An extensive list of the benefits you might see from cycle syncing for a number of months includes:
- Improved mood
- Stable energy levels
- Less intense PMS pain
- Improved sleep
- Better workouts
- Fewer skin issues, such as acne
- Increased sex drive
- Support your fertility
- Support any hormonal imbalances, such as PCOS or endometriosis.
Do note, though - it's important to remember that every female body and cycle is different. "Most women don’t experience a 28-day cycle and others don’t bleed at all," explains Brierley.
Don't worry, if this is you, but if you would like to get on top of why you might be missing your period, do see a medical professional.
How do I start cycle syncing?
Similarly, Brierley is launching her new platform in a few weeks - which is 18 months in the making - to help women understand more about their cycles and movement. Users can track their cycle and select their workout based on what cycle phase they're in. Check out the space - which was 18 months in the making - on the Mindfulsoul website.
"Cycle syncing changed my life - I've never felt better."
Olivia, 32, suffered debilitating symptoms before adopting cycle syncing, which she shares has helped her reclaim her health.
"In March 2020, I stopped taking the contraceptive pill - I'd been pumping synthetic hormones into my system for years unaware that the pill was masking my endometriosis symptoms. As soon as I stopped taking the pill and got my first period, I was struck with debilitating pain."
"After seeing several doctors about my pain, I was diagnosed with stage 2 Endometriosis and PCOS. 18 months later, I had excision laparoscopy surgery which confirmed that I had stage 2 endometriosis, adenomyosis and PCOS."
"From here, my journey with women’s health really began. Endometriosis opened my eyes to the lack of information and support for this chronic yet common illness. Even though excision surgery is the gold standard for surgically treating endometriosis, it was just the beginning."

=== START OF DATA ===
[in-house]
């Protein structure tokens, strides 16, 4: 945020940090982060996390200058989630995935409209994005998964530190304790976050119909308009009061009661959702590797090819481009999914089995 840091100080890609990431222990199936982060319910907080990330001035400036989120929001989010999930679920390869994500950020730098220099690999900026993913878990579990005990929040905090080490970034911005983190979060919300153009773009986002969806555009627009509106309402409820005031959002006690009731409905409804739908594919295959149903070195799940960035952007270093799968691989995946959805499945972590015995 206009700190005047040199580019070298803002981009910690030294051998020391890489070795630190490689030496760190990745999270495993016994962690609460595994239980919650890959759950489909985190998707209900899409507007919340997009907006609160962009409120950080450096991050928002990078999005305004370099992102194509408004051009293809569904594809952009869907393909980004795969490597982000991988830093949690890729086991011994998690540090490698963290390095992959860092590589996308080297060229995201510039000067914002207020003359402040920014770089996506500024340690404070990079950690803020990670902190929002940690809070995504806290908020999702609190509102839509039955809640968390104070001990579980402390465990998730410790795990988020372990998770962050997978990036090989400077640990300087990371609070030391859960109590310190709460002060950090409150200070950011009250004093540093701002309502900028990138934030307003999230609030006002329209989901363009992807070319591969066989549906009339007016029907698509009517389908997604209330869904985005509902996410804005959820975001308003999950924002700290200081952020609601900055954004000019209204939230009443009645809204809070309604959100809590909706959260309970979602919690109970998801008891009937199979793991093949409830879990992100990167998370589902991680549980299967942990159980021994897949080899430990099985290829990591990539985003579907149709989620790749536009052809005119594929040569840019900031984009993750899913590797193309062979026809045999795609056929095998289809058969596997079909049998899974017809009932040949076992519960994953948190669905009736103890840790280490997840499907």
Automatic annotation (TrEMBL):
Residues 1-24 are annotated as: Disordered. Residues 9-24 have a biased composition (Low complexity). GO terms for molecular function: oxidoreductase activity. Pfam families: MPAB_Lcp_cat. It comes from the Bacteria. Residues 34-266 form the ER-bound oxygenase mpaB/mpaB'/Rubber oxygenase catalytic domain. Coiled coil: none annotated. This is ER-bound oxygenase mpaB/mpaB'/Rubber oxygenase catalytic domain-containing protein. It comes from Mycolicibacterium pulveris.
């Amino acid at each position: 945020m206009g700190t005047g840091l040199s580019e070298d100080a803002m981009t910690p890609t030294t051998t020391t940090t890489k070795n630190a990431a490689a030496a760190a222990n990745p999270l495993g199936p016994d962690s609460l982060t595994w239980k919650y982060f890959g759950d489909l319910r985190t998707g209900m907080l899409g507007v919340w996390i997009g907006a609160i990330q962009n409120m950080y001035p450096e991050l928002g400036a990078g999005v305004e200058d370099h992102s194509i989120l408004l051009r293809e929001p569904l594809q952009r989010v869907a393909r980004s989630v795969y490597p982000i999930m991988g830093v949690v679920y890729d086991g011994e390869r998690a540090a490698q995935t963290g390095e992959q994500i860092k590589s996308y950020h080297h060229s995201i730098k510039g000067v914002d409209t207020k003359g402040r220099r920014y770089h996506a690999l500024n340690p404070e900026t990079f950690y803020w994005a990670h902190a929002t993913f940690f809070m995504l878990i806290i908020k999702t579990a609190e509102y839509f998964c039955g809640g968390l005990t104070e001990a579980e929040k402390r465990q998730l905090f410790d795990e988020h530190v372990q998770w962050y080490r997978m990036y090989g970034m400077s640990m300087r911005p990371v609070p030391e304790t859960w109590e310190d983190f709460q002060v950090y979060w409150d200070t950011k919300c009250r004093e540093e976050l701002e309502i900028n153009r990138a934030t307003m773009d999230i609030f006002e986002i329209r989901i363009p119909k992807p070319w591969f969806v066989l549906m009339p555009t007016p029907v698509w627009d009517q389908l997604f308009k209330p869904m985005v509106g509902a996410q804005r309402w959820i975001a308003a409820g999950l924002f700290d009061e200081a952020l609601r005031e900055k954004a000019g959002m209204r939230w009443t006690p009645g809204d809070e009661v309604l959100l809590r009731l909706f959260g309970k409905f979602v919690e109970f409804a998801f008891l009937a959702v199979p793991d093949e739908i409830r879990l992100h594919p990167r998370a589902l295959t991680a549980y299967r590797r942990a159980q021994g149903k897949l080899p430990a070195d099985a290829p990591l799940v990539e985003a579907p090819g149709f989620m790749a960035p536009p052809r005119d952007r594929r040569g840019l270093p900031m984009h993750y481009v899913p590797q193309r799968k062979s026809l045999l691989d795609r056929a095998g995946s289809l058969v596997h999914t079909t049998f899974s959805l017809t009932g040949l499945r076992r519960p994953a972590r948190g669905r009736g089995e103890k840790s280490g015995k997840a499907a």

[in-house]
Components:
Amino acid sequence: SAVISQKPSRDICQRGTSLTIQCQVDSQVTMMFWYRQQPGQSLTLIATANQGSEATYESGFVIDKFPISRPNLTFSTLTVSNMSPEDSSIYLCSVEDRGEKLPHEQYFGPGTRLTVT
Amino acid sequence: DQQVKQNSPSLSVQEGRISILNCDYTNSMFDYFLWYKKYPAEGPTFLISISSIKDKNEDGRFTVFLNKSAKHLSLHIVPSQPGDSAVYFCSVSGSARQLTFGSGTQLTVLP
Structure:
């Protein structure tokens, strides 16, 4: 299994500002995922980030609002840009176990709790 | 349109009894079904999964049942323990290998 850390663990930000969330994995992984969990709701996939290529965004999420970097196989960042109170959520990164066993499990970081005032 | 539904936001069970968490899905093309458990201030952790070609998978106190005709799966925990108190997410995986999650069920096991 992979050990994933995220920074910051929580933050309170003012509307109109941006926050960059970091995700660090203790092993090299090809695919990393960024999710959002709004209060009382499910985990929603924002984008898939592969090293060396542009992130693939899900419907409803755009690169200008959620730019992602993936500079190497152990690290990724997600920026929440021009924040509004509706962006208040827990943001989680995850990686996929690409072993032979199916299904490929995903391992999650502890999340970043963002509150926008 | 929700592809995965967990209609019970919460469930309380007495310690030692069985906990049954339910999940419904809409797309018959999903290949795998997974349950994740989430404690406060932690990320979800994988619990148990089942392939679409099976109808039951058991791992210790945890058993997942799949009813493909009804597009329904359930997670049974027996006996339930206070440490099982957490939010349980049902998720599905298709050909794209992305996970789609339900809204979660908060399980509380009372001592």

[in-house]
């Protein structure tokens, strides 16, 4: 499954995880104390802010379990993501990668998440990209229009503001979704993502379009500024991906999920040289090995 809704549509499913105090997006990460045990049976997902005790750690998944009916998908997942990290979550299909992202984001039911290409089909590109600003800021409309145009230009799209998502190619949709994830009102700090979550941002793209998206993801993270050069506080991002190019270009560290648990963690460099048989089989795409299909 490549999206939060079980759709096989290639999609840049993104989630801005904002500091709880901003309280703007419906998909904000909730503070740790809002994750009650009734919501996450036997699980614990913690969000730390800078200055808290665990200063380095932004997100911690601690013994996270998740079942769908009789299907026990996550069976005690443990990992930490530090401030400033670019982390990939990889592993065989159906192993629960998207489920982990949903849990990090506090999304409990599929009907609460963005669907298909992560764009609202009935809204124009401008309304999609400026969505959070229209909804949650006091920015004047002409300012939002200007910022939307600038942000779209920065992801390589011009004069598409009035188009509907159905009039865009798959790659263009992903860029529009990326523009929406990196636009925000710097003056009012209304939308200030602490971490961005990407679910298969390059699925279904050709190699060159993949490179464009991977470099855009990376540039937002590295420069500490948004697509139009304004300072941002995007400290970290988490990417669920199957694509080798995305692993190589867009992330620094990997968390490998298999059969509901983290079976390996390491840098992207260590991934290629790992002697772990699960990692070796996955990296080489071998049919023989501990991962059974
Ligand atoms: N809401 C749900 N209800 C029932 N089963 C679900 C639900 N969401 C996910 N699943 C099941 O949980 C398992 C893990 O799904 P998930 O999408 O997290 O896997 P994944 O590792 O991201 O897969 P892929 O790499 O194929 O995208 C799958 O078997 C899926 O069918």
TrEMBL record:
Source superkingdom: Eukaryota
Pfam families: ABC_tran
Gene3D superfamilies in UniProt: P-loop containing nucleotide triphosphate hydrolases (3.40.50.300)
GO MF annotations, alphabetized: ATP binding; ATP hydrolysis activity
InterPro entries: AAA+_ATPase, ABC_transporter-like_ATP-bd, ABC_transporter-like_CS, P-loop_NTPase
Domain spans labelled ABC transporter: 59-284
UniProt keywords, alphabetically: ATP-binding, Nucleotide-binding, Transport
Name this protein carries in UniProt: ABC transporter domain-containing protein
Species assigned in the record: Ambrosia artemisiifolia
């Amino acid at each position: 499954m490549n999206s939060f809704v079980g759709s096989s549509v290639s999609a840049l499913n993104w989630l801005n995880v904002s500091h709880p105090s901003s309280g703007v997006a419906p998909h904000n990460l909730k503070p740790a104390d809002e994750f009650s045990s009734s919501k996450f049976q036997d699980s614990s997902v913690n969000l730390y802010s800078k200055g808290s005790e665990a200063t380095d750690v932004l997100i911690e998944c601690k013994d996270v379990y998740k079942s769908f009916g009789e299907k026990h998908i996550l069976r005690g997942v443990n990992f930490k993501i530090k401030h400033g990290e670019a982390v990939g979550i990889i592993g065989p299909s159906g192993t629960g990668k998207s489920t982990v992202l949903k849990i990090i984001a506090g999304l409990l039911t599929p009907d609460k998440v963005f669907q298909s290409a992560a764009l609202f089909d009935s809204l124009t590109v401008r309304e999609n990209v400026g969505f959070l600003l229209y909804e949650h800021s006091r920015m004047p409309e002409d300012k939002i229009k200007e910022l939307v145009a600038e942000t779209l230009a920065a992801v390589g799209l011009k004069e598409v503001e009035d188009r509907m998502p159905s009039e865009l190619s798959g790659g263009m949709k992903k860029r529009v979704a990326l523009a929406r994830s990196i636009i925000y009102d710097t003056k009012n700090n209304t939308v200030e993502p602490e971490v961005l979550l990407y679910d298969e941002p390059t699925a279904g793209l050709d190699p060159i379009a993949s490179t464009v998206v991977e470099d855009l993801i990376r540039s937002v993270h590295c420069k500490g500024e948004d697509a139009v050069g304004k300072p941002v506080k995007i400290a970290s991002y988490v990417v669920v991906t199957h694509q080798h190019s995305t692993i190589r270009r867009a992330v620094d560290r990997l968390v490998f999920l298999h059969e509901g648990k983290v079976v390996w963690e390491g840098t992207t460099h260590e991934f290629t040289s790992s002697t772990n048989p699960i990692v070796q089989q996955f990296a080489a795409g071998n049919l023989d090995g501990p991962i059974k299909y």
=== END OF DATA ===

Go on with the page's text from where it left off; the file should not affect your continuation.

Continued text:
"I've always believed in holistic practices and so shortly after being diagnosed, I started cycle syncing after reading about it online. As I have PCOS, my cycles tend to be longer - between 33 to 34 days. After three months of syncing my diet, exercise and lifestyle to the four phases of my cycle - taking things slowly during my menstrual phase, and tackling more energetic workouts in my follicular and ovulation phases - I noticed big changes in my skin and mood. Not only were my cycles shorter, but I was also experiencing a lot less PMS pain during my luteal phase."
"While it hasn't all been plain sailing - I lost my period again around a year later - I continued to track and work with my cycle. Because I wasn’t bleeding, I cycled with the moon and paid extra special attention to my nutrition, seed cycling and different movement through the four phases. A few months later, my period came back."
"Cycle syncing has taught me that it's possible to take control and help you manage the constant changes your body goes through day to day. Learning how to start cycle syncing is your ticket to surviving and thriving any hormonal imbalances - I have more energy, higher productivity, fewer mood swings and most importantly, more effective workouts."
"I truly believe women can heal their PMS, hormone imbalances and period pain through cycle syncing - it's as simple as syncing their nutrition and exercise according to where they are in their cycle. The body knows how to heal itself - it wants to do so."
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Ally Head is Marie Claire UK's Senior Health, Sustainability, and Relationships Editor, nine-time marathoner, and Boston Qualifying runner. Day-to-day, she works across site strategy, features, and e-commerce, reporting on the latest health updates, writing the must-read health and wellness content, and rounding up the genuinely sustainable and squat-proof gym leggings worth *adding to basket*. She's won a BSME for her sustainability work, regularly hosts panels and presents for events like the Sustainability Awards, and saw nine million total impressions on the January 2023 Wellness Issue she oversaw. Follow Ally on Instagram for more or get in touch.